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Scottsdale Mayor David Ortega condemns hate expressed to Native American community members

Scottsdale Mayor David Ortega
Scottsdale Mayor David D. Ortega with owners of Native Art Market in Old Town Scottsdale. (File Photos/

Hate speech is not representative of Scottsdale
community, Mayor David Ortega provides

By Terrance Thornton | Digital Free Press

In the afternoon hours of Thursday, Feb. 9, Scottsdale Mayor David Ortega issued a statement to the Arizona Digital Free Press condemning the alleged behavior of a man now identified as Gilbert Ortega Jr., who has no relation to the mayor.

Mr. Ortega Jr. owns a business in Old Town Scottsdale and a video circulating allegedly appears to capture the Old Town proprietor having an exchange of words between multiple people, Scottsdale police report.

Around 11:30 a.m. Saturday, Feb. 7, a group was performing near Scottsdale Road and Main Street in Old Town as part of an event celebration. It is reported — and allegedly recorded — Mr. Ortega Jr. began yelling at the performers causing a disturbance.

After an investigation into the incident, the Scottsdale Police Department submitted charges against Mr. Ortega Jr. for three counts of disorderly conduct, which is a Class 1 misdemeanor. The crime of disorderly conduct does not qualify for a hate crime designation based on the FBI definition.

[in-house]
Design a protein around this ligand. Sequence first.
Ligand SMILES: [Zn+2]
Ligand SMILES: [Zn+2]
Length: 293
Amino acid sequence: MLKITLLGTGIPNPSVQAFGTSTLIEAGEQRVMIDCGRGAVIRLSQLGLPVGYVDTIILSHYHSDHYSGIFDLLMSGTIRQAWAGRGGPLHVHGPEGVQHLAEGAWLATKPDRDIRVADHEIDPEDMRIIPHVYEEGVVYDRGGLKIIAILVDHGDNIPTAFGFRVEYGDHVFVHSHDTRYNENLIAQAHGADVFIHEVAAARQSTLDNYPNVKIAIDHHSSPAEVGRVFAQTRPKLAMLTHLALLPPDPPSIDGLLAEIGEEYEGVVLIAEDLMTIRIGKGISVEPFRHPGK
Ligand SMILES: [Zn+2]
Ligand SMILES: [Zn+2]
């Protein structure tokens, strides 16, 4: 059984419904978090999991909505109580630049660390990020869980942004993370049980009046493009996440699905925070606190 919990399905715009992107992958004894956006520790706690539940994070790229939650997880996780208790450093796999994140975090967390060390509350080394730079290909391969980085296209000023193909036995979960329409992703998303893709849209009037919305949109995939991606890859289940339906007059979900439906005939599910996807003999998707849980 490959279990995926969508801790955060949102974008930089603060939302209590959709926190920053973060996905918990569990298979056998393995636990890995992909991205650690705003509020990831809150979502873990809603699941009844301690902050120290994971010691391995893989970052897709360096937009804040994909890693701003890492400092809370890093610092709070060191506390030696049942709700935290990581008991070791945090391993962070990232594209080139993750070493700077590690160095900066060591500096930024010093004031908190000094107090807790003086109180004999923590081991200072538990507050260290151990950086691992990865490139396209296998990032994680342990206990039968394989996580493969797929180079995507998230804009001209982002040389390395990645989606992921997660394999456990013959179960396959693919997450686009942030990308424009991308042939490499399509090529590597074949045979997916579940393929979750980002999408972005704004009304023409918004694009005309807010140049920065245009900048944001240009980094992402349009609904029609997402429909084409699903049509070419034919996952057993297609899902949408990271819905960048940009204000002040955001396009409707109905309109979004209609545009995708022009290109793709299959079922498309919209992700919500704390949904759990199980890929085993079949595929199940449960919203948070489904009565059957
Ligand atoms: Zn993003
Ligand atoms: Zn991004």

Scottsdale Mayor David Ortega is not related to Gilbert Ortega Jr.

“Gilbert Ortega, Jr.’s despicable language and rage directed to Native performers is reprehensible and inexcusable,” Scottsdale Mayor David Ortega said.

“Two years ago, when Native Art Market opened in Old Town, I welcomed them wholeheartedly to our community. Today, I met in person with them to express solidarity and assure them that the City of Scottsdale is pursuing the matter to the fullest extent of the law.

Scottsdale police officials report there are very prescriptive requirements for classifying a crime as a Hate Crime by the FBI as part of the Uniformed Crime Reporting Program.

“… hate crime is a traditional offense like murder, arson, or vandalism with an added element of bias. For the purposes of collecting statistics, the FBI has defined a hate crime as a criminal offense against a person or property motivated in whole or in part by an offender’s bias against a race, religion, disability, sexual orientation, ethnicity, gender, or gender identity.”

Mayor Ortega did not mix words — he found the acts disgusting.

“The behavior exhibited by this individual saddens and disgusts the people of our community. Last weekend, I spent many hours joining others in celebration during Scottsdale Western Week, including Parada Del Sol, and the Arizona Indian Festival at Civic Center grounds,” he explained. “At the Arizona Indian Festival, it was my sincere honor to acknowledge Tribal Nations Royalty, and speak of the greatness of Native mythology, origin creation and family culture.”

Mayor Ortega says this recorded incident is evidence a commitment to humanity must always persist through the local community.

“This ugly incident must be a reminder that our commitment to upholding respect, dignity and anti-discrimination must be steadfast and never wane,” he said. “Scottsdale history is intertwined with Native peoples living respectfully on Mother Earth, under Father Sky. Together, we are one.”

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